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voyagers

director: neil burger (divergent, limitless, the illusionist) 

starring: lily-rose depp, tye sheridan, fionn whitehead and colin farrell

 

REVIEWER: lyall carter

A crew of astronauts on a multi-generational mission descends into paranoia and madness, not knowing what is real or not.

When it comes to films set in the realms of space exploration we’ve kinda seen every scenario from aliens infiltrating the ship to a crew with a mission of restarting the sun by using a massive bomb. But Voyagers is a slightly new take on the genre; a Hunger Games come Lord of the Flies sprinkled with a little bit of lust in space kinda film. Voyagers is a thrilling psychological ride into space wonderfully aided by its young cast led by Depp, Sheridan and Whitehead. 

 

With the future of the human race at stake, a group of young men and women, bred for intelligence and obedience, embark on an expedition to colonize a distant planet. But when they uncover disturbing secrets about the mission, they defy their training and begin to explore their most primitive natures. As life on the ship descends into chaos, they’re consumed by fear, lust, and the insatiable hunger for power.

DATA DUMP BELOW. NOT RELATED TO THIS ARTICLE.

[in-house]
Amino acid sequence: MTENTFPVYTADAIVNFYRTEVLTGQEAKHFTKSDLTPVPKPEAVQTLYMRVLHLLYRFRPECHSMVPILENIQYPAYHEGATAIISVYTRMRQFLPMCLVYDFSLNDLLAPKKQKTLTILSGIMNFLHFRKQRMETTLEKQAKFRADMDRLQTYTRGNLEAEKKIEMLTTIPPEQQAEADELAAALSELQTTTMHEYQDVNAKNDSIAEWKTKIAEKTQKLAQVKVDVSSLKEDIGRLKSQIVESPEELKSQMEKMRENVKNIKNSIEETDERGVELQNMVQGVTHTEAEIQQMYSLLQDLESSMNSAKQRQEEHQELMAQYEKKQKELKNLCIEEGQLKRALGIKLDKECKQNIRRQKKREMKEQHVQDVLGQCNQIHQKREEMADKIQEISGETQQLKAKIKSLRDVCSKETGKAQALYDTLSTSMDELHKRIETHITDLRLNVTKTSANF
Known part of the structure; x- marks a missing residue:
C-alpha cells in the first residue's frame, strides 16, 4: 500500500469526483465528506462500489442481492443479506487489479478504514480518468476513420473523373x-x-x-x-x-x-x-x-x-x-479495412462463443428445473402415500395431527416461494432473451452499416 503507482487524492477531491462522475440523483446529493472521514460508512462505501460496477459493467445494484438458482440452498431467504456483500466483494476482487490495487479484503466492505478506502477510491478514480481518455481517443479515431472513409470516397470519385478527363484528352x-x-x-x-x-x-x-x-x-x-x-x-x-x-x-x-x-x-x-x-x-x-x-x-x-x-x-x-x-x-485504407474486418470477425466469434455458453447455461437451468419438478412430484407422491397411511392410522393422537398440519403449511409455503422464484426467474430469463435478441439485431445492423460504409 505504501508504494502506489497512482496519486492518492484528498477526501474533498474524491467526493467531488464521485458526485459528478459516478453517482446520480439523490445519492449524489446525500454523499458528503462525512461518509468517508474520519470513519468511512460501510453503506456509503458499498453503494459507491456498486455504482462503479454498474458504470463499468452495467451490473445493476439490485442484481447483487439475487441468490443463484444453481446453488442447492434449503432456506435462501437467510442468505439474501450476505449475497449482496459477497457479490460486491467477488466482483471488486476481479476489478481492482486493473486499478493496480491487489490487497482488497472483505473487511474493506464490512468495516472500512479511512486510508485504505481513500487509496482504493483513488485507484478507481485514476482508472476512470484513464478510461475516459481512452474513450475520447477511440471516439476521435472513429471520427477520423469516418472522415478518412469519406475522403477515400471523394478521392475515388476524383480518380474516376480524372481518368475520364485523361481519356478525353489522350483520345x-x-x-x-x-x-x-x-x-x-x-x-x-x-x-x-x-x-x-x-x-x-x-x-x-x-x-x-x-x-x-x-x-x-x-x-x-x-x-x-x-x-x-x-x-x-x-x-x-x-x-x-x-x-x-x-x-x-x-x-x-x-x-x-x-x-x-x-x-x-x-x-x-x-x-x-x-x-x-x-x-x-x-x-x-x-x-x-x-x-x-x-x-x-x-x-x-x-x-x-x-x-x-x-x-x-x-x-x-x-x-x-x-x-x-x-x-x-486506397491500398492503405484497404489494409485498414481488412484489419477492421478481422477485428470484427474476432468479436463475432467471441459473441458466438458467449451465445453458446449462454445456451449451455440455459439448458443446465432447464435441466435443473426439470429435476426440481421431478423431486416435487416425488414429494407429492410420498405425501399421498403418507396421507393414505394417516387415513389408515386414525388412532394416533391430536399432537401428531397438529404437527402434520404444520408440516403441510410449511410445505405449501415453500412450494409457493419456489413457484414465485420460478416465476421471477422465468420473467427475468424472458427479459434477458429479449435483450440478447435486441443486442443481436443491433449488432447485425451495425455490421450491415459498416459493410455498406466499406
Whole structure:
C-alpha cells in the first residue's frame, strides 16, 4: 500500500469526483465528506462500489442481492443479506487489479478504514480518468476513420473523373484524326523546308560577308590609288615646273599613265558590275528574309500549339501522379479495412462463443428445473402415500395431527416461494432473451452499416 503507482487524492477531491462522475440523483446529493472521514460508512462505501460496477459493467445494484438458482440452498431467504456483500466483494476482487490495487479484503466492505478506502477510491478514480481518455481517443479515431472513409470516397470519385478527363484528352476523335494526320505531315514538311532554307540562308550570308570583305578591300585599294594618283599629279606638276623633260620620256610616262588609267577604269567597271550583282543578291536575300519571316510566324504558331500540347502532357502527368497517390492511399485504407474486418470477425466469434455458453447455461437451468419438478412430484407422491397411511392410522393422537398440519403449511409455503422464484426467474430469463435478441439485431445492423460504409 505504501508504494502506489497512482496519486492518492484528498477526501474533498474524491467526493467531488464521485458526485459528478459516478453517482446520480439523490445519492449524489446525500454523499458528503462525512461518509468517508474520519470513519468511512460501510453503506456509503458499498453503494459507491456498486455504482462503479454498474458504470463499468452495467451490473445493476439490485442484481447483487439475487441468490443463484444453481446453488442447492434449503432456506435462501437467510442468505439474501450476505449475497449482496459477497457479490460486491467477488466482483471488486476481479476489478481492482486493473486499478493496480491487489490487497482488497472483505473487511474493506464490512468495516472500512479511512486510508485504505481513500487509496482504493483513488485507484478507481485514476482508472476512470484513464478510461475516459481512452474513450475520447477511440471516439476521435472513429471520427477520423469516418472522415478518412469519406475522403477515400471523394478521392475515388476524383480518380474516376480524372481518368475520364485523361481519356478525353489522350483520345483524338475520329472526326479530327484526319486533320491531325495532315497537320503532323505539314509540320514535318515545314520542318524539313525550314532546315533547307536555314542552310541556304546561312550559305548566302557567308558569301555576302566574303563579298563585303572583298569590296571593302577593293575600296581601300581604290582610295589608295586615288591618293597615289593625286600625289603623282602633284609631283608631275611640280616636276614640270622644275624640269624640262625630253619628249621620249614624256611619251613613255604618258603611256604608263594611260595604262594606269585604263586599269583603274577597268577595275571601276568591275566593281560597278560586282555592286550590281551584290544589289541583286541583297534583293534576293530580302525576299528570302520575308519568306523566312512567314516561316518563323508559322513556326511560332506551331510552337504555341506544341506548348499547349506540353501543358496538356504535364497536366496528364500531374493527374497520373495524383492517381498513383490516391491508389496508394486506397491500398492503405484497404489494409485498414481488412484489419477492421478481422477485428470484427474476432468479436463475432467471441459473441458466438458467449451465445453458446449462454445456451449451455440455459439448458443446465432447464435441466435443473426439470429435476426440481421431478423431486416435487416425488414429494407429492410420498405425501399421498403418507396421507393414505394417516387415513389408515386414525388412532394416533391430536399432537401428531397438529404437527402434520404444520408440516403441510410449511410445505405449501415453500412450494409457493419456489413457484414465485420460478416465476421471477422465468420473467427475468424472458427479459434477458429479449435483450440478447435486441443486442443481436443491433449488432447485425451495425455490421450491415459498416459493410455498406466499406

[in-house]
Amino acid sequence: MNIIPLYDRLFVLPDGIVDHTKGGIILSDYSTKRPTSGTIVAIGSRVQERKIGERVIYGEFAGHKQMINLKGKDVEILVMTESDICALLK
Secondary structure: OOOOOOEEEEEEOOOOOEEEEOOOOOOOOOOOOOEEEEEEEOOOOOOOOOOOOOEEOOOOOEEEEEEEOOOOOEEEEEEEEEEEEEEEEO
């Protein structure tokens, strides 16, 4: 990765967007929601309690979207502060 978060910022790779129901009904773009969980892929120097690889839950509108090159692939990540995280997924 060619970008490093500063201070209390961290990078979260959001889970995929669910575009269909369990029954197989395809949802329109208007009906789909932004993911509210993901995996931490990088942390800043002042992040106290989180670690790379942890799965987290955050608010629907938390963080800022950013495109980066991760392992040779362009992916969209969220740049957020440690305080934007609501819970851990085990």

Voyagers hadn’t been on my radar until I received the media screening invitation so apart from seeing the poster, I went into this film blind and was pleasantly surprised. It's clear to see Neil Burger’s, the director of the young adults dystopian Divergent, fingerprints all over the tone, themes and structure of this film. It feels very much like your classic, slightly dystopian YA film like Divergent, Hunger Games or The Maze Runner

 

But what makes this film different from the YA films that have gone before it is its structure, tone and the ethical questions that it poses. The story builds slowly (a little bit of the nearly two hour running time could have been shaved off) and it’s only when the medication keeping them docile has been removed that we see the young crew members for who they really are. The film builds towards a thrilling ending which will have you on the very edge of your seat. 

 

The film leaves questions hanging over the audience from everything from the ethics of breeding humans just for space exploration and taking away their self autonomy to whether its rules or our innate nature that make us act morally as human beings. For those questions and more that it poses, Voyagers proves that this it has more in its back of tricks than your standard YA film.

 

Lily-Rose Depp, Tye Sheridan and Fionn Whitehead are all equally superb in their roles and add a real acting weight and watchability to the whole proceedings through their performances. 

 

Voyagers is a thrilling psychological ride into space wonderfully aided by its young cast led by Depp, Sheridan and Whitehead.